November 13, 2023
Remember when you were young and time seemed to move so slowly? The school year lasted forever, and summer seemed to take eons to arrive. Most of us can attest to feeling like time is flying by as we’ve gotten older.
Don’t let time pass you by, particularly for making your contribution to reclassification efforts. After all, classification is only reviewed every 10 years so this is your shot, your opportunity to bring about lasting change.
The Office of Management and Budget (OMB) has not officially stated when the next Standard Occupational Classification (SOC) revision will occur, although indications are that the next SOC will be 2028.
Even though that sounds like a long way off, you don’t have five years to contemplate action. SOC classification is a multi-year process that depends on the data the U.S. Bureau of Labor Statistics (BLS) collects. If they follow past practices, the OMB is likely to publish an initial Federal Register notice soliciting public comment in late 2023 or early 2024. Public comment—if the 2018 schedule holds true—is expected to lead to publication of the proposed revision for public comment through a second Federal Register notice in 2025. Publication of the final 2024 SOC structure would follow in spring 2024.
You want there to be enough data collected to show why the OMB should reclassify emergency dispatchers. Otherwise, it will be years before you get another shot. Classifications are reviewed every 10 years, and in 2017—despite the efforts of 911 advocates and professionals—the BLS and OMB were not convinced that the change was necessary due to a lack of objective, measurable data the offices reviewed.
In Standard Occupational Classification Policy Committee (SOCPC) jargon:
The SOCPC did not accept these recommendations based on Classification Principle 2, which states that workers are coded according to the work performed. The work performed is that of a dispatcher, not a first responder. Most dispatchers are precluded from administering actual care, "talking" someone through procedures, or providing advice. Moving the occupation to the Protective Services major group is not appropriate and separating them from the other dispatchers would be confusing. Also, dispatchers are often located in a separate area from first responders and have a different supervisory chain. The SOCPC proposes adding Public Safety Dispatcher as an illustrative example in place of Police Radio Dispatcher.1
We all know that’s a quicksand of misconception. Contrary to the SOCPC decision, a vast majority talk someone through actual procedures day in and day out over the course of their career.
Workers in the existing “Office and Administrative Support” classification “prepare and organize documents, track products, and provide information to the public.” The requested reclassification to “Protective Service Occupation” includes workers who provide public safety. According to requirements associated with the occupation, protective service personnel are given extensive training to ensure they are able to identify solutions and respond quickly in various emergency situations.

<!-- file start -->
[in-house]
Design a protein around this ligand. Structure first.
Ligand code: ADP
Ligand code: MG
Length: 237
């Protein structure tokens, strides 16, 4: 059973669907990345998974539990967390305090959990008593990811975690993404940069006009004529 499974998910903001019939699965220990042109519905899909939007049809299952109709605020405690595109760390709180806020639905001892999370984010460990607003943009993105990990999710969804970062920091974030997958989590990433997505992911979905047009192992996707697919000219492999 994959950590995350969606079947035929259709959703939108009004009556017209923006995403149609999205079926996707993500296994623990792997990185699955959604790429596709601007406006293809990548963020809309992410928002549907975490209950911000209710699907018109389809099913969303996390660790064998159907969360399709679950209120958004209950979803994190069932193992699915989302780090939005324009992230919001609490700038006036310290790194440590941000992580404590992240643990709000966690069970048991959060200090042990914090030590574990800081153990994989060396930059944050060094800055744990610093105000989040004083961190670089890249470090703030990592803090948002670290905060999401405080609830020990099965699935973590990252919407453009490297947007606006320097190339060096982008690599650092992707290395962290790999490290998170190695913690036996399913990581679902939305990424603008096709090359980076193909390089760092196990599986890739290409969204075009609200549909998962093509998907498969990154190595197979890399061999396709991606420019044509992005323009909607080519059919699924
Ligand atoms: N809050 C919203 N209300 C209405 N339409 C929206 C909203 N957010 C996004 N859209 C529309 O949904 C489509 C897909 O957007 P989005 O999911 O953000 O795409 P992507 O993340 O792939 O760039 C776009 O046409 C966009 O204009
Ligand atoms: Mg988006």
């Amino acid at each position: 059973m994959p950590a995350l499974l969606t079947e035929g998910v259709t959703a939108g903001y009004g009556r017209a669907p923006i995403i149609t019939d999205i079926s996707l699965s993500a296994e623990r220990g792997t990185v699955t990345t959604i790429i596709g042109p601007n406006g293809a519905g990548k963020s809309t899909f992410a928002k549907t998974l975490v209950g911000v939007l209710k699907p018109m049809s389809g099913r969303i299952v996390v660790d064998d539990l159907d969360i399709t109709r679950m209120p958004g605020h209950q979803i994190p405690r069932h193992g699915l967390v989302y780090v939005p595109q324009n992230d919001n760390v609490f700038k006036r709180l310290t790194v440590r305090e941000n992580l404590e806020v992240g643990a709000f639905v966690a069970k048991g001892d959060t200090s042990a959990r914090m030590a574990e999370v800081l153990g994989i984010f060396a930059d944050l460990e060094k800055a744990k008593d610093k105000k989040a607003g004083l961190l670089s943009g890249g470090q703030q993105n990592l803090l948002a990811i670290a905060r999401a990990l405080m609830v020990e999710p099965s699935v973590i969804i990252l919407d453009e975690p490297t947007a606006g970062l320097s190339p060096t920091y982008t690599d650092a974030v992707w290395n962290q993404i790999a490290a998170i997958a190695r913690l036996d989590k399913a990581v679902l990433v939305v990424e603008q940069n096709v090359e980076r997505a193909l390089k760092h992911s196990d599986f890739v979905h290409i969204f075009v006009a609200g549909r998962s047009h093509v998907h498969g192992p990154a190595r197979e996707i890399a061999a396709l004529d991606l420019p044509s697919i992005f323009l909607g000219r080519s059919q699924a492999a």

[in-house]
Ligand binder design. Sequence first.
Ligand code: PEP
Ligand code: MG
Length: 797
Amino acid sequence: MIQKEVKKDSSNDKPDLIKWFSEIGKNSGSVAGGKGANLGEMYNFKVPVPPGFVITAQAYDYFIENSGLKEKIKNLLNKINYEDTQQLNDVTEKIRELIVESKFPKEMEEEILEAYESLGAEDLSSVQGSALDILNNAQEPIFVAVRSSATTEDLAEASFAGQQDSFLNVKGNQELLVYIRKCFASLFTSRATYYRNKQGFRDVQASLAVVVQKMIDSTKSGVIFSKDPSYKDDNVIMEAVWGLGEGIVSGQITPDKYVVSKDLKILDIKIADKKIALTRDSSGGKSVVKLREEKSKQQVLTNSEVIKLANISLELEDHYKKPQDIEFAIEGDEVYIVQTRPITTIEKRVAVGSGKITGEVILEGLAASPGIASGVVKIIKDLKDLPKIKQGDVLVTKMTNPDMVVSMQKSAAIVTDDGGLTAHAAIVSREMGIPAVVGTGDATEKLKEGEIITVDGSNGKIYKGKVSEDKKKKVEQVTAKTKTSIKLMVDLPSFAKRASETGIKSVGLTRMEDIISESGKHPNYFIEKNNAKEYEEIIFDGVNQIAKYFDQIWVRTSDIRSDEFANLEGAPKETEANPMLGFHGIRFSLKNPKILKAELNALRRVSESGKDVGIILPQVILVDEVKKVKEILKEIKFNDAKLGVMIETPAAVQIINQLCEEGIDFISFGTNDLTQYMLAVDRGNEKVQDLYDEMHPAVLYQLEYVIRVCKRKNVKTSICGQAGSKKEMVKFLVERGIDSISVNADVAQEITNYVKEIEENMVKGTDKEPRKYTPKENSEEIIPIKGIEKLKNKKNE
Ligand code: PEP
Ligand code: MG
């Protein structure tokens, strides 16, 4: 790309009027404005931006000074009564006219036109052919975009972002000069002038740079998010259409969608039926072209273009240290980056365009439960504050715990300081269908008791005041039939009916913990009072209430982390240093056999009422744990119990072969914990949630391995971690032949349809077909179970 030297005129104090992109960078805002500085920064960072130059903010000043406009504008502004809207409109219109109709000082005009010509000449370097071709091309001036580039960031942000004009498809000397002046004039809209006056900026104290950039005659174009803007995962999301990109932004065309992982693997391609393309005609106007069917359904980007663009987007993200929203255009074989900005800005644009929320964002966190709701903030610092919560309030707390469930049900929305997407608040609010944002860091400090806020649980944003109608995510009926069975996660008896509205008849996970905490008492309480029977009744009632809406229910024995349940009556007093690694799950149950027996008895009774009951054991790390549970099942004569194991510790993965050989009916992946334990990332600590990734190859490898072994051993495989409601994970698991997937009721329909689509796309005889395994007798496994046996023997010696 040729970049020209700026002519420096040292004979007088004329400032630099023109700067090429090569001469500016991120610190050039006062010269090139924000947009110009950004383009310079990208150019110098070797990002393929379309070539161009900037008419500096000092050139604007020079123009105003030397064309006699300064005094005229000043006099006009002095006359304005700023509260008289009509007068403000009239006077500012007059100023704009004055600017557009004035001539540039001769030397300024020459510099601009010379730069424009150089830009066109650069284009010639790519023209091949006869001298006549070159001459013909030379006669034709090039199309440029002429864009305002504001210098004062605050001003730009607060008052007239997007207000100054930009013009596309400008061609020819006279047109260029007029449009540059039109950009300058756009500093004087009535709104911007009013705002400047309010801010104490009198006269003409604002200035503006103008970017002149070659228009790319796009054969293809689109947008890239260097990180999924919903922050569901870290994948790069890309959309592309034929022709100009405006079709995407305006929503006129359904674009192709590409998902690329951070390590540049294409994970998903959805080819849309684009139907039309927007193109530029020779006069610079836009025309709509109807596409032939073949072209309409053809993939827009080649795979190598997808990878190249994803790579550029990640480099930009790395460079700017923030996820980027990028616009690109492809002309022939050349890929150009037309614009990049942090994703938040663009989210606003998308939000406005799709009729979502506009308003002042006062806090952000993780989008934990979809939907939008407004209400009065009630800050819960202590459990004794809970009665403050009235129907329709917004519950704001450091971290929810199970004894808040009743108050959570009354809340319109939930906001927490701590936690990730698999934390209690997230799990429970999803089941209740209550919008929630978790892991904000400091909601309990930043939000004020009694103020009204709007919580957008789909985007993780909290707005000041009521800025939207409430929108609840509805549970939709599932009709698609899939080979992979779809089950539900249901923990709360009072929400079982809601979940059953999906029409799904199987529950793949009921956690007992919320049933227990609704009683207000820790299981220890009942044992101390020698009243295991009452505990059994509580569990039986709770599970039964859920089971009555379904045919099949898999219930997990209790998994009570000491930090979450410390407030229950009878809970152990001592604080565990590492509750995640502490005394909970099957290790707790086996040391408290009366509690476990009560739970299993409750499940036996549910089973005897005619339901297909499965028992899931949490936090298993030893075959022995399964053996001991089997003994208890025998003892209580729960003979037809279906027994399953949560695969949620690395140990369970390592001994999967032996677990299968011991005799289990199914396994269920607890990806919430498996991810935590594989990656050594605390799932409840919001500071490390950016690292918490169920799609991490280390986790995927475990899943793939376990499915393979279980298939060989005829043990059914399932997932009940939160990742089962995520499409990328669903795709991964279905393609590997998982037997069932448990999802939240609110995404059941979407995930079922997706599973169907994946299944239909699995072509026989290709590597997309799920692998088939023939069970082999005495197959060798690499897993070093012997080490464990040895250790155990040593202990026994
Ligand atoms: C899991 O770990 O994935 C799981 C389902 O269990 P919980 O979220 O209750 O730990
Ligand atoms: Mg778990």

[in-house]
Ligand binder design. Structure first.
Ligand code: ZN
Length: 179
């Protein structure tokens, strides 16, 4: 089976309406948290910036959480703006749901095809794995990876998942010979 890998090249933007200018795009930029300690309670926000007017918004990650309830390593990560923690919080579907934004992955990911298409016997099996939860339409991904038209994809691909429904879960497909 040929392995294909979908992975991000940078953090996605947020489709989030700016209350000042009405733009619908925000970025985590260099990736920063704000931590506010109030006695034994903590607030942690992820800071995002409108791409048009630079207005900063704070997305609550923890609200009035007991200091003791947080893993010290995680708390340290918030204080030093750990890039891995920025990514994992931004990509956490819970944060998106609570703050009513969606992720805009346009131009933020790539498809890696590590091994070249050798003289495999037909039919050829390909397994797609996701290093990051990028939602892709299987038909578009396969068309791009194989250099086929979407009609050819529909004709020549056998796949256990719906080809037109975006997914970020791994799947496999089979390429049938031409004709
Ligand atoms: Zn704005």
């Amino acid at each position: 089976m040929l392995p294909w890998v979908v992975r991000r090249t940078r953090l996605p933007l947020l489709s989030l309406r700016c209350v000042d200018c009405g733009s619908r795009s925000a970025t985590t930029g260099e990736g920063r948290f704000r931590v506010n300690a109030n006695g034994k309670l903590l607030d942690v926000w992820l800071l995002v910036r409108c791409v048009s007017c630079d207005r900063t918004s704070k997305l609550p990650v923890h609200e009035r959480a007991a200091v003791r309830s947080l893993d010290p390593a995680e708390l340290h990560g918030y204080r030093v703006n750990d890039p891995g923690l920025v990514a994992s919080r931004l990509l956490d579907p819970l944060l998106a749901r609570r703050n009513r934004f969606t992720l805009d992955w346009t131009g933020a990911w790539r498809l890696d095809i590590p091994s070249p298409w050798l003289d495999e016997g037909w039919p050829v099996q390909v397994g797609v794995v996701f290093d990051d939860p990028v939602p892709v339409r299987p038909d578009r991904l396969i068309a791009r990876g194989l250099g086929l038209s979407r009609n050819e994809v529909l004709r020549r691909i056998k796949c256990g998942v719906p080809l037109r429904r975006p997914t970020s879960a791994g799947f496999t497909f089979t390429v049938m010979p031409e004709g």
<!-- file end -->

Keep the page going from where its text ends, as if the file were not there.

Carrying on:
It’s coming down to the wire to move your professional classification from that of a clerical classification to a classification befitting of your profession.
What to do
911.gov offers a four-part Public Safety Telecommunicator Reclassification toolkit designed to help Emergency Communication Centers (ECCs) address the changes the BLS needs to see to reclassify telecommunicators. The four steps are:
- Developing a Public Safety Telecommunicator Job Description—what the position requires (there are model job descriptions available)
- Establishing or Expanding a Public Safety Telecommunicator Training Program—and tools to meet training expectations
- The Operational Integration of Technology and Tools—software, technology, and systems applied
- Developing an Advocacy Strategy for Proper Classification—the “why” of the reclassification campaign
You can download the kit: https://www.911.gov/projects/telecommunicator-job-reclassification/
The National Emergency Number Association (NENA) is also a great place to get started: https://www.nena.org/page/reclassification
You have a lot to gain from reclassification. Make sure to talk with your agency personnel to start addressing what’s outlined in the Public Safety Telecommunicator Reclassification toolkit as soon as possible. Time really is of the essence.
1 “SOC Responses.” U.S. Bureau of Labor Statistics. United States Department of Labor. 2017; Dec. 18. https://www.bls.gov/soc/2018/soc_responses_May_2014.htm